One Turbulent Ambassador, Tony Blair and the Wheel of Life 17

One Turbulent Ambassador

Believe it or not, I haven’t actually seen One Turbulent Ambassador yet, largely because I am on the wrong continent. But there is a very interesting interview with Robin Soans about the play by the Cambridge academic Scott Antony in Exeunt.

I rather liked this judgement:

History is a strange and fickle creature,’ smiles Soans, ‘at the time of his demise Craig Murray was a figure of ridicule, and Tony Blair cast him out as a traitor. But he’s now a rector of a university and addresses student rallies and appears on television and talks really very intelligently, while anyone of discernment has no time for anything Tony Blair has to say at all. Virtually everything says he’s ludicrous. So much of what he said was duplicitous, and underhand, and not even approaching the truth. And that’s just seven or eight years and history has already done a volte face.

But some of it is a bit tough for me to read, like this:

The students and Jessica said I think you’re emphasising the heroic side of this man, rather than the shitty things he’s done to various people and the trail of misery he’s left in his wake.

But then as the great man himself said

O wad some Pow’r the giftie gie us
To see oursels as others see us
It wad frae monie a blunder free us
An’ foolish notion

I am on tenterhooks for some honest feedback. There are I think only three performances left. If you can catch one, please do leave your impressions here.

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17 thoughts on “One Turbulent Ambassador, Tony Blair and the Wheel of Life

  • M

    Craig, we went last night & have to say for a first play ive been to thouroughly enjoyed it. Acting was very good. Captures the book very well in a stunning theater.

  • Mark Golding - Children of Iraq Association

    Having not seen the play I suspect Scott Anthony’s wide angled review as seen through his transparent lens fails to know the man Craig at all. Perhaps the play fails to reveal the heart-ache, the despair, the anguish and the pain that may indeed have prematurely closed the curtains on a classic exemplar of a higher consciousness, a perfect specimen of a better living.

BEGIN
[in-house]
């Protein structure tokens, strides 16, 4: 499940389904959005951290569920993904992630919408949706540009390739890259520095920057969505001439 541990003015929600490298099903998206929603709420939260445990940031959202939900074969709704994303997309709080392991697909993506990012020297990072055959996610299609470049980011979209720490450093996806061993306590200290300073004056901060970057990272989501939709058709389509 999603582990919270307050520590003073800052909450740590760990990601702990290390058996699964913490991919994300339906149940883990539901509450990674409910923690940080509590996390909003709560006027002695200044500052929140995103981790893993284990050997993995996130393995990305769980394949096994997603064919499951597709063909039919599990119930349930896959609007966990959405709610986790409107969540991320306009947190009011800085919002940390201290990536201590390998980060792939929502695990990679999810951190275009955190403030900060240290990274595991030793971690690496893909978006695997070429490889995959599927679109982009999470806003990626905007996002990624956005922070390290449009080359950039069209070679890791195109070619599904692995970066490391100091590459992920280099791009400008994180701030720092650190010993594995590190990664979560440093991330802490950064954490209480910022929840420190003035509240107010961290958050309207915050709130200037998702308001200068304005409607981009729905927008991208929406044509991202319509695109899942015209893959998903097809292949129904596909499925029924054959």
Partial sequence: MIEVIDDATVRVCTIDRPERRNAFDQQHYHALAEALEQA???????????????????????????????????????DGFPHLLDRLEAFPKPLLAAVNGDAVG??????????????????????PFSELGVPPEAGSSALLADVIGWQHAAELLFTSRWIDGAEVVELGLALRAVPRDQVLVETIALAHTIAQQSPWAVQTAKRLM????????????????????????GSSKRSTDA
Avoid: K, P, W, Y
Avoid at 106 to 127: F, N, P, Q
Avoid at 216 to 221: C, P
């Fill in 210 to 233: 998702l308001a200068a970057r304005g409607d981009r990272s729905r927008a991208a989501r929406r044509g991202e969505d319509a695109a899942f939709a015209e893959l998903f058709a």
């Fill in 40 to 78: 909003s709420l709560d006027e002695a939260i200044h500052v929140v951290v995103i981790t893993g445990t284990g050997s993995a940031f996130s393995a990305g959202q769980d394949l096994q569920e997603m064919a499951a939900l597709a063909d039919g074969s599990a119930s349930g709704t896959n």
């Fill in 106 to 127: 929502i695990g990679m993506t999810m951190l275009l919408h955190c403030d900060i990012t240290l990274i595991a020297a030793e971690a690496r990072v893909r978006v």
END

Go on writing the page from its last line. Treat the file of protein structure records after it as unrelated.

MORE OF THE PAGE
• Clark

    Craig, I doubt it’s fair to say that you’ve left a “trail of misery” in your wake. I know you split up from your former wife, but you seem to remain on good terms with your children from that marriage. If the breakup of a marriage constitutes a “trail of misery”, then it’s a fault that you share with a large proportion of the population.
    I wish that my parents had broken up. Their insistence on maintaining a failed relationship did me incalculable harm.

  • Mary

    ‘The play tells the story of Craig Murray, former Ambassador to Uzbekistan, whose spirited campaigning against torture and severe human rights abuses ran up against the Anglo-American need to sign up a regional ally in the ‘the war on terror’ and to wage war on Iraq. Murray’s refusal to kowtow to official policy saw his career with the Foreign Office end in official disgrace and public ridicule.
    ‘Look,’ explains Soans, ‘I don’t want to sound too agitprop about this. I know Robin Cook resigned and Claire Short resigned, and those gestures had a worth to them, but they didn’t put their complete necks on the line. Dr David Kelly [who Soans has played on stage in Jessica Swale’s production of The Palace of the End] and Craig Murray were the only two figures in the establishment who stood up and said “this is all lies.”’

    Spot on.

  • Abe Rene

    Thought you’d like to know that I’ve recommended it to my colleagues at work, and hope to see it myself before it closes, even if it means being a bit late getting back home.

  • David Halpin

    I doubt Soans has been in a maelstrom such as Craig was in. Directed by gold leafed liars with all the HMG nonsense and finding people being boiled alive after which the lobster corpses were taken back to mothers and wives. The best of us would lose our much vaunted compasses. The world is on the edge. I felt sorry to know that Craig left his wife and two children but I was not a Craig in stifling heat and aware of unimaginable cruelty which the axis wished to stifle. Craig’s act stands vast and well above the Lilliputian figures about him in ‘government’. Think of Hague if you can for a second.

  • Komodo

    Hague? What’s to think about? There’s nothing there but a digitally remastered mashup of Churchill’s favourite tropes.
    Good article on moral leprechaun Blair here: